In this series, we will look at the basics of metabolism and discuss the very well-known science around obesity. Many of the diseases that bedevil humanity flow from obesity, including cancer and Type 2 diabetes, and so understanding metabolism and the causes of obesity is ground zero in the fight for a long life and good health.
The role of insulin is well understood in the body as is the effect of insulin as it rises and falls. When a person consumes carbohydrates, the beta cells in the pancreas release insulin and it escorts the resultant glucose coming out of the digestive system into cells around the body, including the liver and muscles. If there is excess, the body does not excrete it out; it is the assumption of the body that energy is precious and excess energy should be stored for future use. Insulin escorts this glucose into the adipose tissues. The adipose cells exist to store the extra energy as fat.
As the levels of glucose in circulation falls, insulin falls, and the pancreas secrets another hormone called glucagon. Glucagon is the opposite of insulin in that rising levels of glucose stimulate insulin and falling glucose causes the stimulation of glucagon. Glucagon causes the liver to engage in glycogenolysis which converts glycogen in the liver to glucose which is released into the blood stream (which triggers more insulin).
These two hormones, insulin and glucagon, and storage mediums in the liver, muscles, and adipose tissue, are what allows the body to stay in energy balance even when the supply of incoming energy in the form of food is sporadic. The body can stay steady even with unsteady inputs. The resulting homeostasis is all part of the physical genius of the body and far supersedes the simplistic notion of ‘calories in calories out.’
As previously noted, the world of things that humans can eat is vast, but it consists of only three ‘macros’ which are carbohydrates, proteins, and fats. The balancing act described above manages the energy balance when glucose, derived from consuming carbohydrates, is the primary fuel source. But, what if the glucose is fully depleted or not much was ever generated because the person didn’t eat many carbohydrates to begin with?
When glucose isn’t available, the body begins to use the fat stores for fuel. This process involves ketones. ‘Ketone bodies,’ as they are called, are produced in the liver and they are the fuel source the body goes to after the glucose stores have been fully exhausted. Ketones are produced via a process called gluconeogenesis, which is a process the body uses to produce glucose from non-carbohydrate sources.
It is important to note that the glucose surge from incoming carbohydrates stimulates insulin, but the glycogen back-up system begins the process of converting the body over to fat metabolism. When this happens, and the liver is putting out ketone bodies, which, through a complex chemical process, begins to convert the body to fat burning. The process puts the body in a state of ‘ketosis’ which is where ‘ketogenic’ diets come from. Being in ketosis takes a while since the glucose and glucagon must to burn off, but after a 24 hour fast, or heavy exercise, or carbohydrate restriction, ketosis begins and the fat tissue is metabolized. If there are very few carbohydrates coming in, and the body doesn’t have glucose to burn, and ketones are secreted, and fat burning begins.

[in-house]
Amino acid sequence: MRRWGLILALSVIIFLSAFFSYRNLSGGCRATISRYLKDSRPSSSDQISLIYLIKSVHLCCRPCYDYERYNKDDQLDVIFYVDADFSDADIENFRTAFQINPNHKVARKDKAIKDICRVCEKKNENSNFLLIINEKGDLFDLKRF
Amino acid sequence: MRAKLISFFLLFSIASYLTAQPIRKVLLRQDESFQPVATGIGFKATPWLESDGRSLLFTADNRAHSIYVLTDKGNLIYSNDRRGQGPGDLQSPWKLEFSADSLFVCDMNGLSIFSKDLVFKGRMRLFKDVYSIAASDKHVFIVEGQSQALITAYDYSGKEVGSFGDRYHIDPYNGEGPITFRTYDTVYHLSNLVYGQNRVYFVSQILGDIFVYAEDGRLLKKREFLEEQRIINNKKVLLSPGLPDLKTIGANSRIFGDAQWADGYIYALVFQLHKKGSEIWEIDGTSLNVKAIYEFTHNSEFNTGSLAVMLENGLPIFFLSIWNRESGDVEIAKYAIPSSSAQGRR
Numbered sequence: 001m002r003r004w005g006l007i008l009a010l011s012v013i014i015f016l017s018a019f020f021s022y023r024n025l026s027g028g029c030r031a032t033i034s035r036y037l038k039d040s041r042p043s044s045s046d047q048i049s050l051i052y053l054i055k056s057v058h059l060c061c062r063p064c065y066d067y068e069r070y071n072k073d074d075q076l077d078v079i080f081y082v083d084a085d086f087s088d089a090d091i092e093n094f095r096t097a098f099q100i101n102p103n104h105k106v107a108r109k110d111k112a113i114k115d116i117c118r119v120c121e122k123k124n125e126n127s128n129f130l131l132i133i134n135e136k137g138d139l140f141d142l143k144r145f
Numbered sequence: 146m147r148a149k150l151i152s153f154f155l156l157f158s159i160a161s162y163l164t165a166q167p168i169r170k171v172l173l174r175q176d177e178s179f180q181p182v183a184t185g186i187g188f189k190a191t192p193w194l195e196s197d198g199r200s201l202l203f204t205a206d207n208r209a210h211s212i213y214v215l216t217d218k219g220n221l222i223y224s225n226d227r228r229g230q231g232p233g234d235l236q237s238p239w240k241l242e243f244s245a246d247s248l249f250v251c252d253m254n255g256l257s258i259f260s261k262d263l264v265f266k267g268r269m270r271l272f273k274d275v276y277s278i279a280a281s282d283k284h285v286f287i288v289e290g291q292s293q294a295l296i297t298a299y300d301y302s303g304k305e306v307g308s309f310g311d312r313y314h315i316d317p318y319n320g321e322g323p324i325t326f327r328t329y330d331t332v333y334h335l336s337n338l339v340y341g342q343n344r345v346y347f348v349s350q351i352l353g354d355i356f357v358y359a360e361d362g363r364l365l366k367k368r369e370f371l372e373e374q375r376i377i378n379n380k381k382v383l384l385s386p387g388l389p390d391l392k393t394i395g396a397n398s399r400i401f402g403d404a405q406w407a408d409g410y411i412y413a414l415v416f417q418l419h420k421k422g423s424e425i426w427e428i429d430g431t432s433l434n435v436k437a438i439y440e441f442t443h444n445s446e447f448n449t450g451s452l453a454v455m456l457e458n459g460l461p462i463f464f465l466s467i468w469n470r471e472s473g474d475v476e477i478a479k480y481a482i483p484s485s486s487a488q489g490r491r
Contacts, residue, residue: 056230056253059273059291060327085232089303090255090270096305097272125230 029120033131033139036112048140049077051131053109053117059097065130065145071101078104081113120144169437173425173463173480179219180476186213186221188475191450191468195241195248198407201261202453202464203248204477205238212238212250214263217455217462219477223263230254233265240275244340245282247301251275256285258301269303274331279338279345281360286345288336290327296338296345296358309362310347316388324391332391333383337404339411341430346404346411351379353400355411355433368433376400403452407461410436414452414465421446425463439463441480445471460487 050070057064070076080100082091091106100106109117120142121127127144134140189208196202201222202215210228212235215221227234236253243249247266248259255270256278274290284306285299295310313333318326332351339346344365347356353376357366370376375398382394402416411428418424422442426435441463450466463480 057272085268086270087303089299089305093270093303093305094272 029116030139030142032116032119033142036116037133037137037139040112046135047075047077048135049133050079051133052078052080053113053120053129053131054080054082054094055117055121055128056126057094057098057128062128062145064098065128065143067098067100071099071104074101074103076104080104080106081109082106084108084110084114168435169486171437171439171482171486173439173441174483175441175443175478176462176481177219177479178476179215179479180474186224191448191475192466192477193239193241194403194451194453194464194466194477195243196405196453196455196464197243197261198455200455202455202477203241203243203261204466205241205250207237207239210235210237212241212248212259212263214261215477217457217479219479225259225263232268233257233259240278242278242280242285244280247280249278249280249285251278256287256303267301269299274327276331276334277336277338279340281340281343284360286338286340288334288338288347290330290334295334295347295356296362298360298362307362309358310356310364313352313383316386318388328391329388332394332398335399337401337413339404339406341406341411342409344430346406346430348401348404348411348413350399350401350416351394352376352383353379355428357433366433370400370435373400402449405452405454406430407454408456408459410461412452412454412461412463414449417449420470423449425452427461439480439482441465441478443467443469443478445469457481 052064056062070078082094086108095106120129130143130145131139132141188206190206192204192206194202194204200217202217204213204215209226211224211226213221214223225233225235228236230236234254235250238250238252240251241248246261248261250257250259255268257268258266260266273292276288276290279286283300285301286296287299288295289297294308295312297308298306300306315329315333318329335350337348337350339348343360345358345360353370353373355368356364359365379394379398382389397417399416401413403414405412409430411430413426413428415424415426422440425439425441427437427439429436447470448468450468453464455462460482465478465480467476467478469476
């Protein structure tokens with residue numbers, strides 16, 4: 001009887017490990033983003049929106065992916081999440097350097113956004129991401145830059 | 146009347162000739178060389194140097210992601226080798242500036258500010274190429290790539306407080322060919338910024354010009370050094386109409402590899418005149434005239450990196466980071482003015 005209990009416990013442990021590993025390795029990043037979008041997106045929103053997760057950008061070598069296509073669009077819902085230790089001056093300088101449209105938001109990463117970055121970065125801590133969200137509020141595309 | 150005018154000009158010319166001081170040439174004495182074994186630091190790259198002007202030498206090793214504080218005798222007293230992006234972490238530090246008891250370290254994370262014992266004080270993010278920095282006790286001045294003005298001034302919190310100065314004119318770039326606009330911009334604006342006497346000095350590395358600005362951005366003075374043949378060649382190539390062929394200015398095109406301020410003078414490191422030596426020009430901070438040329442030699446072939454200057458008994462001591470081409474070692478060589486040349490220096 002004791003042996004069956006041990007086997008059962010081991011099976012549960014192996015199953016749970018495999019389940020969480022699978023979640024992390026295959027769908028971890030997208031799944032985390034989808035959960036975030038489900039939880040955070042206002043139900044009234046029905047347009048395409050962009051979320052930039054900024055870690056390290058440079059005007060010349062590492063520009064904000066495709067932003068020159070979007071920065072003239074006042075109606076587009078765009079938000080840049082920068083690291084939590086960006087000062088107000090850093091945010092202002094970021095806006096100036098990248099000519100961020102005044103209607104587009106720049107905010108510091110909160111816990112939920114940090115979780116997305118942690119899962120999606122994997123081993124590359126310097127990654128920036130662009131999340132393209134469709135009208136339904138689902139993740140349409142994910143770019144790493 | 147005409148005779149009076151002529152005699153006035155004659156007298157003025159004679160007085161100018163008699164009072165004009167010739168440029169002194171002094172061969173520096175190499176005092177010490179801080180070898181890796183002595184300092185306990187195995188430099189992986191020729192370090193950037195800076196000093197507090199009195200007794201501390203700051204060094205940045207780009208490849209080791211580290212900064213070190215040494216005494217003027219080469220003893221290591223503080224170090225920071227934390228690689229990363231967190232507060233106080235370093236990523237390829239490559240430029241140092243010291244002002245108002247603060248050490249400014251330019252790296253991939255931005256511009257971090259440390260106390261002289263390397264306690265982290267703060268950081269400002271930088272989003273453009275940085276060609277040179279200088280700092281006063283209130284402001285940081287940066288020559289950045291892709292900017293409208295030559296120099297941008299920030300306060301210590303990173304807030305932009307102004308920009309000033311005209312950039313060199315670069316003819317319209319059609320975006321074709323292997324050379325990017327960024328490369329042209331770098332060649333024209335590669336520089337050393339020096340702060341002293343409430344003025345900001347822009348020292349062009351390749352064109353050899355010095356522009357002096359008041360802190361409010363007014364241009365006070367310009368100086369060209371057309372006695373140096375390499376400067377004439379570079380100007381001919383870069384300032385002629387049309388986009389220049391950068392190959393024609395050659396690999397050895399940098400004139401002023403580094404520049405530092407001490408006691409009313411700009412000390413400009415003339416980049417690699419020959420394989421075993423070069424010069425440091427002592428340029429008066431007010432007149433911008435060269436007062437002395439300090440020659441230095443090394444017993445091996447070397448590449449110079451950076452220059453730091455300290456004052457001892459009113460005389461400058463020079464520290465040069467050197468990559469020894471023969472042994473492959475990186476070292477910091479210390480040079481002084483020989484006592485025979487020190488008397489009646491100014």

But note that NONE of this, the entire process of getting to the fat burning stage, is going to happen if insulin is present which is set in motion by carbohydrates. Insulin escorts excess energy in to the adipose tissue and there is stays, in the form of triglycerides, until something, like ketone bodies, causes it to be used.
There are a couple of other things to note regarding the various tissues of the body. The first is the muscles. It has long been known that muscle tissue forms a sort of ‘glucose sink’ that takes up glucose from the blood after eating. PubMed describes the phenomenon this way:
As the single largest organ in the body, the skeletal muscle is the major site of insulin-stimulated glucose uptake in the postprandial state. Skeletal muscles provide the physiological foundation for physical activities and fitness. Reduced muscle mass and strength is commonly associated with many chronic diseases, including obesity and insulin resistance.
‘Postprandial’ means after a meal.
People that are more heavily muscled have a place for the glucose to go that is not stored adipose tissue, or fat. More heavily muscled people have this ‘sink’ available and so they have an easier time dealing with the carbohydrate load. Less muscle means the extra glucose must be moved in to the fat tissue.
Why, other than just the negative aesthetics of being fat, would one want enter ketosis and get the adipose tissue to release the stored energy? The reason is because excess fat is implicated in all the big killers. Here is but one of many description of the pathology of the tissue that only ketone bodies can eliminate:
Far from being hormonally inert, adipose tissue has, in recent years, been recognized as a major endocrine organ, as it produces hormones such as estrogen, resistin, and cytokines. In obesity, adipose tissue is also implicated in the chronic release of pro-inflammatory markers, which are responsible for the development of metabolic syndrome, a constellation of diseases including, but not limited to, type 2 diabetes, cardiovascular disease and atherosclerosis.
The message is clear: poorly muscled people who consume highly refined carbohydrates store the resultant glucose as fat. The insulin/glucagon cycle keeps them in homeostasis, but all the stored glucose in the fat tissues is leading them to an early grave.